A fatal chimpanzee attack has scientists confused. According to a stunning report, a clan of chimps attacked and brutally murdered its former leader before beating and eating its mangled body. The ousting is not uncommon for great apes, but chimpanzee cannibalism is rare, to be sure.
The New Scientist‘s Chelsea Whyte said the scene at the chimpanzee attack was “gruesome.” Lying dead in a pool of blood was the once alpha male of the Senegalese savanna. The chimp’s battered corpse had been exposed in the sun for hours.
Whyte said the deceased animal was a West African chimpanzee called Foudouko. From all signs, it suffered a brutal death at the hands of clan members. They killed him by kicking him repeatedly and beating him with rocks and sticks. And in a final act of defiance, the chimps cannibalized the fallen ape.
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The death marks the ninth known case in which chimpanzees from the same family banned together to kill another member in such a horrific manner. Often, deaths of this type occur between rival gangs.
Michael Wilson works at the University of Minnesota. He said the killing of the chimp is indeed rare, but the data collected sheds more light on group dynamics of primate clans. It adds more to the body of science about coups against dominant males and how they form.
“Why do these coalitions sometimes succeed, but not very often? It’s at the heart of this tension between conflict and cooperation, which is central to the lives of chimpanzees and even to our own,” Wilson says.
Chimp clans in the wild mostly consist of females. However, in the recent attack, there were more males present.
“When you reverse that and have almost two males per every female — that really intensifies the competition for reproduction. That seems to be a key factor here.”
The Fongoli chimpanzees of Senegal became the subjects of a symposium last year. NS editor Rowan Hooper spoke about chimps’ adaptation to hunting meat during the day. Scientists learned the apes developed skills to create a spear tool for hunting bush babies.
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The primates learned to prey on the defenseless nocturnal mammals that are asleep during the daylight hours. National Geographic says chimpanzees are one of the few species in the animal kingdom that use hand-crafted tools.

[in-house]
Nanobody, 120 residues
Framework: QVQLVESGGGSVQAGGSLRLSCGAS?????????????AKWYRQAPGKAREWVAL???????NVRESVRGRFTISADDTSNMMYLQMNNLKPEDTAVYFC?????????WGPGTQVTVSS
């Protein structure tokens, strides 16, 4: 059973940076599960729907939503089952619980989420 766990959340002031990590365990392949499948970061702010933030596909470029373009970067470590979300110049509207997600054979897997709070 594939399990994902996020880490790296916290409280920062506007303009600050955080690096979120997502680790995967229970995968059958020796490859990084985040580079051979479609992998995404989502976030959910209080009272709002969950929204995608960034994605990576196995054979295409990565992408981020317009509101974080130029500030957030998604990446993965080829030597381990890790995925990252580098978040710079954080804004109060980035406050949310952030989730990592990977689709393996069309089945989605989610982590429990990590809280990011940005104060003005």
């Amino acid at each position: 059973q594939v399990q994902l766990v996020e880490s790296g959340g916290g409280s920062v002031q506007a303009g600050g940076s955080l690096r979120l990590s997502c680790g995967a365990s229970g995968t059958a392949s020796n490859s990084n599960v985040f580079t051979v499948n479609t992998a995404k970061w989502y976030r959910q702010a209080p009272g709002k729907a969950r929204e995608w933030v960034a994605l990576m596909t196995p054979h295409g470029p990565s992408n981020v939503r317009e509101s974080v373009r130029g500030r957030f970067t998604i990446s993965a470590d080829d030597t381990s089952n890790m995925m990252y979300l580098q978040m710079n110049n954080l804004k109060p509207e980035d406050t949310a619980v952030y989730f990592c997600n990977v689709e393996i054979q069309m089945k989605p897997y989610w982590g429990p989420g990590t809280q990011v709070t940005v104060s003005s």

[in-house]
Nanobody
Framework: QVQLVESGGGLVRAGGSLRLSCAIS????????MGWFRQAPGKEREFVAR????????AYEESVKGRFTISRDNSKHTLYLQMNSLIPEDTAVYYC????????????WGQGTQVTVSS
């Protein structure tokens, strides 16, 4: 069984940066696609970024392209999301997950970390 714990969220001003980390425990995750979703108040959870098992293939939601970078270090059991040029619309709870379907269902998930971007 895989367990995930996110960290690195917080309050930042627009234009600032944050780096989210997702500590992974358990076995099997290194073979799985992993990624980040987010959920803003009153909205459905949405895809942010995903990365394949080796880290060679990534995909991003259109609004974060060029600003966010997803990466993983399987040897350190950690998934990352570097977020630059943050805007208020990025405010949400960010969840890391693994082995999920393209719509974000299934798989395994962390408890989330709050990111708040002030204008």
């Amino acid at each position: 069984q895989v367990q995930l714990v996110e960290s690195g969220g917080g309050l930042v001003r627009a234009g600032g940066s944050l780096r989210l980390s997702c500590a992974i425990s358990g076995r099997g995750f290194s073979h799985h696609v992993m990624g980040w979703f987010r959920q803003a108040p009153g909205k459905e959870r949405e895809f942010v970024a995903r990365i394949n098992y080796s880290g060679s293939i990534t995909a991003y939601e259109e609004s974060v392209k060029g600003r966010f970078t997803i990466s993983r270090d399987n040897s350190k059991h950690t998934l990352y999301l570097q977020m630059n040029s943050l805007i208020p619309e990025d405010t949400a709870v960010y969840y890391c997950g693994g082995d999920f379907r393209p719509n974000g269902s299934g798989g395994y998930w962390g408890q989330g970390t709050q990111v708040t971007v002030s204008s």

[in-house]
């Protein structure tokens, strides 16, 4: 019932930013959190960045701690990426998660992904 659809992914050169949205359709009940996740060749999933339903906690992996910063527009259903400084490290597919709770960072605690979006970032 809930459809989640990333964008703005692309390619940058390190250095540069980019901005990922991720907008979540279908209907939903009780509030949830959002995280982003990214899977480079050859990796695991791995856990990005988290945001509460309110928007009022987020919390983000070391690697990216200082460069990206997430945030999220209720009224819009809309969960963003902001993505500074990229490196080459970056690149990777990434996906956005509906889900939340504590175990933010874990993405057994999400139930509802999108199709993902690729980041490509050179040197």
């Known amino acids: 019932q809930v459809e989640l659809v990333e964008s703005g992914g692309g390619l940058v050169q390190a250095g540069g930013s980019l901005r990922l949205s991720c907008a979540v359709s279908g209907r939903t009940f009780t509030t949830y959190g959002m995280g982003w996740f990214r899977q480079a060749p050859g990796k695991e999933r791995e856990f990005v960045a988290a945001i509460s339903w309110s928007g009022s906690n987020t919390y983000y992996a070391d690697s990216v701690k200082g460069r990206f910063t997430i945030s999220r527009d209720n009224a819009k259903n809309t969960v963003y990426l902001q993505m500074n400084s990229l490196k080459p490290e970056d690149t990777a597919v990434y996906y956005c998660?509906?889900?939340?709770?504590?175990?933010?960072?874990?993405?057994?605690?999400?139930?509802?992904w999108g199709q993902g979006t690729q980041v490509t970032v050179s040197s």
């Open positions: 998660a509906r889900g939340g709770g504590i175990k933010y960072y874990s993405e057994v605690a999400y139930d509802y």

Iowa State University researcher, Jill Pruetz, knows this particular group of chimpanzees quite well. For over 16 years, she’s studied their habitat, behavior, and methods of establishing hierarchy.
In Pruetz’s opinion, the gender anomaly is likely due to a human cause. She says poaching in Senegal puts a premium on females, which are popular as pets. This leaves clans of males that constantly spar for dominant roles.
The murdered chimpanzee likely fell from power as the result of a planned violent coup. More than a decade ago, Foudouko ruled over lesser males and was viewed largely as a “tyrant,” according to Pruetz.
The turning point of his reign came when his close companion, another male, was left weakened in a skirmish. However, Foudouko maintained ties with the lower ranked chimp or beta male.
Other males viewed this as a sign of weakness and likely conspired against him. He was chased off a number of times but was allowed to return with a lower status. Eventually, a group of younger males coming into their own, challenged him, which led to his demise.
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His cause of death was likely from a gaping foot wound that caused him to bleed out. However, he suffered from numerous internal trauma, shattered ribs and lacerations about his body. Even in death, other chimpanzees attacked his lifeless body repeatedly and later feasted on his remains.
“It was striking. The female that cannibalized the body the most, she’s the mother of the top two high-ranking males. Her sons were the only ones that really didn’t attack the body aggressively.”
Mamadou returned after the carnage and tried to wake his dead pal.
[Featured Image by Sergey Uryadnikov/shutterstock]